An employer's legal obligation is to ensure all workers are treated fairly and within the law. This means providing a safe working environment, paying employees their salary on time each month, offering paid holidays and statutory leave entitlements as defined by UK employment laws.

It also requires employers to pay National Insurance contributions from salaries for income tax purposes which covers state benefits such as unemployment or sickness benefit schemes if people cannot work due to illness or injury. Employers must also provide written details of an employee's rights under mutuality of obligation rules before they start work including terms such as holiday entitlement and sick pay.

What is an Employee's Legal Obligation?

An employee's legal obligation is to accept work from an employer when offered and carry it out diligently during the agreed hours of employment. This means going to work on time each day, performing tasks as instructed by a manager or supervisor and abiding by all contractual obligations under their contract of employment.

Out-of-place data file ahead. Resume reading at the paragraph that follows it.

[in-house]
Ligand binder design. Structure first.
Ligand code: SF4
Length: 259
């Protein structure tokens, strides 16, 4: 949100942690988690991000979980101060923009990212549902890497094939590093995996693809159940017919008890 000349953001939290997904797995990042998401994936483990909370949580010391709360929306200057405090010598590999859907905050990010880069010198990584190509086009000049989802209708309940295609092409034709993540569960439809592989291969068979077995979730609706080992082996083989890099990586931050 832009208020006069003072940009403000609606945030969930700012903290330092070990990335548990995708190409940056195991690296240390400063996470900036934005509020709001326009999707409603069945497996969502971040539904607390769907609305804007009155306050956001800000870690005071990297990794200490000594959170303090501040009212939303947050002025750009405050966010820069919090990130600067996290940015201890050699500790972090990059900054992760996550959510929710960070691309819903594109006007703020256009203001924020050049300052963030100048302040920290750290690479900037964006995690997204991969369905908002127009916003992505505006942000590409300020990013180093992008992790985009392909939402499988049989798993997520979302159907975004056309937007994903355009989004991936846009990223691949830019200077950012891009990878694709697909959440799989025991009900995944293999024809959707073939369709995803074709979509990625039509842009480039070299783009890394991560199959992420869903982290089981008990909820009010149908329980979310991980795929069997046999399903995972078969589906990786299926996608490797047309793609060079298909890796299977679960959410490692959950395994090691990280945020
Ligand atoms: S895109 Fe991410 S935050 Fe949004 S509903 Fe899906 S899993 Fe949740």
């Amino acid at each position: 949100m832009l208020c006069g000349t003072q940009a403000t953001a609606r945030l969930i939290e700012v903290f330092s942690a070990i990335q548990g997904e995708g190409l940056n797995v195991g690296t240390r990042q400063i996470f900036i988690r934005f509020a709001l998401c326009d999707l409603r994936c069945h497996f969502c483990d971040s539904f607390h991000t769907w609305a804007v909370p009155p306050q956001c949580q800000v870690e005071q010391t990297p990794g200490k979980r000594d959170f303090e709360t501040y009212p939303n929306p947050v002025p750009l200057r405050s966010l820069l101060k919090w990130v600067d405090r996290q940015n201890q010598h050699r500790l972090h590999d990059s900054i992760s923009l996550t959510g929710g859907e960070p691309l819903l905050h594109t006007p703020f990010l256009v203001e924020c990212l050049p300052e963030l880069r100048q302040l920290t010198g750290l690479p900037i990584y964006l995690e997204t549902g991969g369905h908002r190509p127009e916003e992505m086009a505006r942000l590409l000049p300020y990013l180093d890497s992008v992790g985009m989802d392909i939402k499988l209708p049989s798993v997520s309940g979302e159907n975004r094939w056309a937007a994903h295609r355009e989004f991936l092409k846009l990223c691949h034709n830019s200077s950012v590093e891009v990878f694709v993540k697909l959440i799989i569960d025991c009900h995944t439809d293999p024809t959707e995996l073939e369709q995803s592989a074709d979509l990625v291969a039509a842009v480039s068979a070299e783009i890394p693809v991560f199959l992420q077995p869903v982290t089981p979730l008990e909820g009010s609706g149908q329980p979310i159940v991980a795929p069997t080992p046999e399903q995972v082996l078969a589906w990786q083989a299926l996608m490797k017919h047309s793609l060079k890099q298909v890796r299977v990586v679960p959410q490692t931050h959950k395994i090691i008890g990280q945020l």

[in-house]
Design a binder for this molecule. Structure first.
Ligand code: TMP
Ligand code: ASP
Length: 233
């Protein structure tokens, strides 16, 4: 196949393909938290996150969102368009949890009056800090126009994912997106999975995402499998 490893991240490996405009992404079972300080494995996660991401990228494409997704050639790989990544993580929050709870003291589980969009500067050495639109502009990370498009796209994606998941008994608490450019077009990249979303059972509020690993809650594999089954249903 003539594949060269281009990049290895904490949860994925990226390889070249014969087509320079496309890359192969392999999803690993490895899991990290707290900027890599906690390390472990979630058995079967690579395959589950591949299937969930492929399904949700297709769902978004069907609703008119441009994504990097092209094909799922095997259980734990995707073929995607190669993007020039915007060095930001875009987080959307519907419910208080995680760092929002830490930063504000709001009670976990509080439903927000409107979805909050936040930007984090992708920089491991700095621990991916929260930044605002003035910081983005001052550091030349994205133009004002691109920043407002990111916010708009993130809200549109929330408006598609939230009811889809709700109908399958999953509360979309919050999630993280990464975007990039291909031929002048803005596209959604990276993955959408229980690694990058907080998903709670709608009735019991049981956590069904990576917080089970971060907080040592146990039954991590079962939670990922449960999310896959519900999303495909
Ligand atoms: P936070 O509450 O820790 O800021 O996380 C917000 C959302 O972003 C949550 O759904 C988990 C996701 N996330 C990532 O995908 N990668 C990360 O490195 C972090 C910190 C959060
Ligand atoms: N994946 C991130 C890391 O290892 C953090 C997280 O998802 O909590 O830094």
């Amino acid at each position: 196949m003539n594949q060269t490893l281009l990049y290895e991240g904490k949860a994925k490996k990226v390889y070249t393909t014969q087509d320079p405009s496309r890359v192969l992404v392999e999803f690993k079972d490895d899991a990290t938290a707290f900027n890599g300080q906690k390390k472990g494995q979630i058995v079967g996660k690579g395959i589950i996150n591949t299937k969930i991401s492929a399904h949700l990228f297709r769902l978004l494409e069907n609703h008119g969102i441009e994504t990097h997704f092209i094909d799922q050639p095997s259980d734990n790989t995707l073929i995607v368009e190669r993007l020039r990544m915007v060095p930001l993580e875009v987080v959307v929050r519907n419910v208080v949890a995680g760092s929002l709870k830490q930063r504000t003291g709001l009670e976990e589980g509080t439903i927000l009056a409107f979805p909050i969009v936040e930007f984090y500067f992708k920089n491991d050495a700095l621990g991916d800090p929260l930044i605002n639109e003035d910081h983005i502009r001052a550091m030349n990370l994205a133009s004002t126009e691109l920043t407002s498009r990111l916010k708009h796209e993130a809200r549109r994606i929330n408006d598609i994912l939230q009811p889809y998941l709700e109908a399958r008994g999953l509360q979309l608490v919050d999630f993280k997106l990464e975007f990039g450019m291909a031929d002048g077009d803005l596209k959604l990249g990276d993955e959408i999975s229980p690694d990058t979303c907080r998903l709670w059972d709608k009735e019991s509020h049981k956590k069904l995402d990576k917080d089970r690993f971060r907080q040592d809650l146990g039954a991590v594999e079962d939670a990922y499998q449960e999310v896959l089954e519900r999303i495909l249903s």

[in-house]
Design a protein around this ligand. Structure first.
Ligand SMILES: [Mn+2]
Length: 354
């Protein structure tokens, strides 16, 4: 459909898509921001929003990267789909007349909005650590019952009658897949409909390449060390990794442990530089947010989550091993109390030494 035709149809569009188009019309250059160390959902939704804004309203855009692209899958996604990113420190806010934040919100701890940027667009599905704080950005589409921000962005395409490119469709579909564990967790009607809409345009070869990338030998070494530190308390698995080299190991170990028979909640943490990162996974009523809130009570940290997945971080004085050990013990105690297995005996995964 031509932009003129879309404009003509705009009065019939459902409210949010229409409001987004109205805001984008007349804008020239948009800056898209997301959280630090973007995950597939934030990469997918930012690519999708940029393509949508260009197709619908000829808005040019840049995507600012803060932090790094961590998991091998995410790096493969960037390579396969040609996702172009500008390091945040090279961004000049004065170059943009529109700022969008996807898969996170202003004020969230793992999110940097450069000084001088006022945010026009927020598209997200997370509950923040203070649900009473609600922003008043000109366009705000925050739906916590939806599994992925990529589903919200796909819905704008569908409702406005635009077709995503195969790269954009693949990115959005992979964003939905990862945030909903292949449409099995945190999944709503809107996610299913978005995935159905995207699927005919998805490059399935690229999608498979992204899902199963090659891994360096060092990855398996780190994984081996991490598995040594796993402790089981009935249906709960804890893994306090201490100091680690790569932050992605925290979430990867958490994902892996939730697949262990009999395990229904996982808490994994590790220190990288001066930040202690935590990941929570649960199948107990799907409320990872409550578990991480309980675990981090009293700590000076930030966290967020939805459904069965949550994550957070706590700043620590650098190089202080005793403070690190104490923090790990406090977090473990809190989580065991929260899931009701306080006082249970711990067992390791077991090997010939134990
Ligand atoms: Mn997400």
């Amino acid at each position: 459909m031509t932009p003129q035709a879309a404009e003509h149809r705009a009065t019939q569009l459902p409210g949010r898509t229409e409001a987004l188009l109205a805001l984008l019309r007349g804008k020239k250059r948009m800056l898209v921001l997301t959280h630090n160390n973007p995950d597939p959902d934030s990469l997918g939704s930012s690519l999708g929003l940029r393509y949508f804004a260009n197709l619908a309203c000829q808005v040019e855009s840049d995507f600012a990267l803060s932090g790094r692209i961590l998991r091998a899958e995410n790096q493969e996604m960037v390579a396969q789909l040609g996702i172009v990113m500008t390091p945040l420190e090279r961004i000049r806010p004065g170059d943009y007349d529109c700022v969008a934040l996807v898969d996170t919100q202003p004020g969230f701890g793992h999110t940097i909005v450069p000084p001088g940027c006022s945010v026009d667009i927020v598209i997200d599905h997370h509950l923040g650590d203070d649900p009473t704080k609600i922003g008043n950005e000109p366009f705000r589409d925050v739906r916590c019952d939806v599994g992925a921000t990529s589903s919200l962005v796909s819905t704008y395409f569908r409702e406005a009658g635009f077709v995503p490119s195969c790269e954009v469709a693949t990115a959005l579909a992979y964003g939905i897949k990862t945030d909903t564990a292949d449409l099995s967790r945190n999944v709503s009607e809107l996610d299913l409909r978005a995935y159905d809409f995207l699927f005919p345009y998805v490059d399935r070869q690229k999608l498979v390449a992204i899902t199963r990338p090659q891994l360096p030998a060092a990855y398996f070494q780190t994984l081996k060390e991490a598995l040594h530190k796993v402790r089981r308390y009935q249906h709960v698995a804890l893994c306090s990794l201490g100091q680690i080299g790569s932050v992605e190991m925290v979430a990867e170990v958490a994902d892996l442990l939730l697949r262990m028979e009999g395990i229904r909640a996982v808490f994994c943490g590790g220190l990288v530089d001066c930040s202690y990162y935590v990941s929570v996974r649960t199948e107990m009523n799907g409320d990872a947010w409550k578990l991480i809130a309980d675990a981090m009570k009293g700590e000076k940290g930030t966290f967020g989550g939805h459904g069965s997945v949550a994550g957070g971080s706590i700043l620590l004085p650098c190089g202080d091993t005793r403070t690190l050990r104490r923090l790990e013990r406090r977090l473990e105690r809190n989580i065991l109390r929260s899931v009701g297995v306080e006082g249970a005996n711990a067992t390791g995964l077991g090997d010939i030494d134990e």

Mutuality also affects employees' rights to take action against employers for unfair dismissal if they are fired without a valid reason or have been treated unfairly in some way leading up to being dismissed from their role. Employees must have worked with the same company for at least one year before taking such measures which can include resolving disputes internally through mediation first. In addition, any grievance procedure should be followed correctly along with internal disciplinary rules that might apply depending on specific circumstances.

HMRC regulations



What Are Some Examples of Employer Mutuality Obligation Breaches?

Breaching mutuality of obligation requirements means an employer is demanding more of their employees than what they are obliged to provide. For example, asking workers to do tasks outside the agreed hours set out in a contract of employment without offering additional pay or altering existing terms and conditions.